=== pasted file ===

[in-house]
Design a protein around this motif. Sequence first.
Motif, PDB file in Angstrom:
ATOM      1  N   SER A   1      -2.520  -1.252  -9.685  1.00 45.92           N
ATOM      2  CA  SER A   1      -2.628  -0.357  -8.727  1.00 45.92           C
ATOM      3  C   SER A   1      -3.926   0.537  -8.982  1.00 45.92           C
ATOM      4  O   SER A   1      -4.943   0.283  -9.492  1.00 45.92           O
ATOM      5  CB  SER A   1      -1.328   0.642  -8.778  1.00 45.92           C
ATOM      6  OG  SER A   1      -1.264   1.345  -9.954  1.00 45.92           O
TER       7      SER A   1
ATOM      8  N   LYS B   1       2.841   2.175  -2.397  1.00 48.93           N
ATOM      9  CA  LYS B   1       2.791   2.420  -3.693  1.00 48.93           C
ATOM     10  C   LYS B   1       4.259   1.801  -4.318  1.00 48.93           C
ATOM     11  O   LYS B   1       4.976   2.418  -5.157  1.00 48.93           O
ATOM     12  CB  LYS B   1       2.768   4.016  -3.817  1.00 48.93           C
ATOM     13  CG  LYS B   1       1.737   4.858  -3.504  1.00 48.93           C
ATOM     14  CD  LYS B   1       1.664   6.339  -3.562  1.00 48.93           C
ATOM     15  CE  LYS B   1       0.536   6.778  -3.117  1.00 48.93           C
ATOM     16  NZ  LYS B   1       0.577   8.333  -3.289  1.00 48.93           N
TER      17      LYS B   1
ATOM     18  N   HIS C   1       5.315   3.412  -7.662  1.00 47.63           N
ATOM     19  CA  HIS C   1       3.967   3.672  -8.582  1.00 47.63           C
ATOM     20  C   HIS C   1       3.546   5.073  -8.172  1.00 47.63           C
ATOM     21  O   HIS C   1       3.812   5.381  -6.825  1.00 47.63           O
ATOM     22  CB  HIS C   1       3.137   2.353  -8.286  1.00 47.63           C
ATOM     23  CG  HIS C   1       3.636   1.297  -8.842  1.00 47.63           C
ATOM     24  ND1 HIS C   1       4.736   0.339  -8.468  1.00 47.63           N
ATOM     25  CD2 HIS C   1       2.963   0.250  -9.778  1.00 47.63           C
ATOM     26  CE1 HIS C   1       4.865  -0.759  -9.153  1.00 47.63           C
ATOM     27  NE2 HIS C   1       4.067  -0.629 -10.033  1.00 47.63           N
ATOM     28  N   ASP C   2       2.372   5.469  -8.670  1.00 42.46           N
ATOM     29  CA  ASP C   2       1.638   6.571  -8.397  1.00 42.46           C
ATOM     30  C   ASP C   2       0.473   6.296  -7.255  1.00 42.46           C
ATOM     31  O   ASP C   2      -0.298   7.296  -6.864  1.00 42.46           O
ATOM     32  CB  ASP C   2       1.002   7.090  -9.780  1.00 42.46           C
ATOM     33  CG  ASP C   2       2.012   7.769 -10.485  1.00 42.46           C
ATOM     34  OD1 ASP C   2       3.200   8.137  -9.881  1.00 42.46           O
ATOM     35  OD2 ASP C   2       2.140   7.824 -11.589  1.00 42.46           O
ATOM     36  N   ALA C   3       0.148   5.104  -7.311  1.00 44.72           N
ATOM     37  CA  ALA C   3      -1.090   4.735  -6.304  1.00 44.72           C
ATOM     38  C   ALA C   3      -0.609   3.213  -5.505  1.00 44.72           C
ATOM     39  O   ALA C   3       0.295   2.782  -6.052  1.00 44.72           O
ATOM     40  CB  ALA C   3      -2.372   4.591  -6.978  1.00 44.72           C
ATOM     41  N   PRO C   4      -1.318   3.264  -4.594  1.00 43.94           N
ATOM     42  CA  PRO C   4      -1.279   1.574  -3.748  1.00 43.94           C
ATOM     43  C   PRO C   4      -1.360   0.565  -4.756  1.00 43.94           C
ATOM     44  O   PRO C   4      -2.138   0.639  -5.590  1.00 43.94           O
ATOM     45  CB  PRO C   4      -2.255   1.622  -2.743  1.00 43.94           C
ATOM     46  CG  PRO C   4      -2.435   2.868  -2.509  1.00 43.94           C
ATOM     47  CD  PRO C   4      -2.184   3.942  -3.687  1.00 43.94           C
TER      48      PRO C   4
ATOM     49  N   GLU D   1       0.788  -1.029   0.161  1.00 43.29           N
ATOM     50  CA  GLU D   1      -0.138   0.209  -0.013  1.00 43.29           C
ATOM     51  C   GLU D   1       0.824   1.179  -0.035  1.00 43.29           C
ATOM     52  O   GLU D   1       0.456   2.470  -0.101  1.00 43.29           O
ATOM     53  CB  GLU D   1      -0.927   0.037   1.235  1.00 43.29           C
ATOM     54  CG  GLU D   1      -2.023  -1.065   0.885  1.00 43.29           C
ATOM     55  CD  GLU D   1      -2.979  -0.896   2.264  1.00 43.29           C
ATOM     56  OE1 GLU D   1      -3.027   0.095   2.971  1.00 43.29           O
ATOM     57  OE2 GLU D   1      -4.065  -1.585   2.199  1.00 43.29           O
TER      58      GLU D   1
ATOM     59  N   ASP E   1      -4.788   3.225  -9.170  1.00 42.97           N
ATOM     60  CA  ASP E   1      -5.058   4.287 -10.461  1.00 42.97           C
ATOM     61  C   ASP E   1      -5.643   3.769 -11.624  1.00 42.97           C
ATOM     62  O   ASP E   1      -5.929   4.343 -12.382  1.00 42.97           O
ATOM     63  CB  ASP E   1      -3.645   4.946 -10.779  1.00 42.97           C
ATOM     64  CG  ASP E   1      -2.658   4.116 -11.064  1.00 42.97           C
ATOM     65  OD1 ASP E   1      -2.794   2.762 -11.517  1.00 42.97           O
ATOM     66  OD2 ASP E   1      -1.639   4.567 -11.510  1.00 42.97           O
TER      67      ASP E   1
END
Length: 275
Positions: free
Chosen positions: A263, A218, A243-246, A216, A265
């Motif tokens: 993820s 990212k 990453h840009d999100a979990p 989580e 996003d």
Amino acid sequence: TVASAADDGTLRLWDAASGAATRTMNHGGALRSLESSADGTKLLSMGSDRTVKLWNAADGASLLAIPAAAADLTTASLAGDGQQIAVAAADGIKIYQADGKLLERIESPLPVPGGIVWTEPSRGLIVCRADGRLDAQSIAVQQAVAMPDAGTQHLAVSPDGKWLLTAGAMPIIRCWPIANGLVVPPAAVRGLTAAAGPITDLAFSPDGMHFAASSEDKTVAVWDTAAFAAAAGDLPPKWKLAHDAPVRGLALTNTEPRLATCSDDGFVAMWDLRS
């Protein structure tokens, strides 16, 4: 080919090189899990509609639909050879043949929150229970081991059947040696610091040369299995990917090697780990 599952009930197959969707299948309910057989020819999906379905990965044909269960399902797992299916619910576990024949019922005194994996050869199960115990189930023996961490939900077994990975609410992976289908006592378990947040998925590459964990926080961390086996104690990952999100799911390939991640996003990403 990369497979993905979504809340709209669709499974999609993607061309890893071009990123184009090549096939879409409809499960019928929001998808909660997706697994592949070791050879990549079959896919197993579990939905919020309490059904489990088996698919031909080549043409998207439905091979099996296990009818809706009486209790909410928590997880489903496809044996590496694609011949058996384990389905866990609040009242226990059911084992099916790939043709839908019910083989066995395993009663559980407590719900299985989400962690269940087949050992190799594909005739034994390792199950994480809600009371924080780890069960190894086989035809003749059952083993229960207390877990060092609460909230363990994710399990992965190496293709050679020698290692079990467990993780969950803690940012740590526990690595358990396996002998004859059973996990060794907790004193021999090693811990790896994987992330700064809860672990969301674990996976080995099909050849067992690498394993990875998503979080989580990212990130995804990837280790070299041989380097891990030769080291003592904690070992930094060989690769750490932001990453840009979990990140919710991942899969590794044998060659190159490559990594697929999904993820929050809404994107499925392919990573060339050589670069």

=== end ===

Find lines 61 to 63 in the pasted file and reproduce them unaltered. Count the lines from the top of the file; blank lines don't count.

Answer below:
TER      58      GLU D   1
ATOM     59  N   ASP E   1      -4.788   3.225  -9.170  1.00 42.97           N
ATOM     60  CA  ASP E   1      -5.058   4.287 -10.461  1.00 42.97           C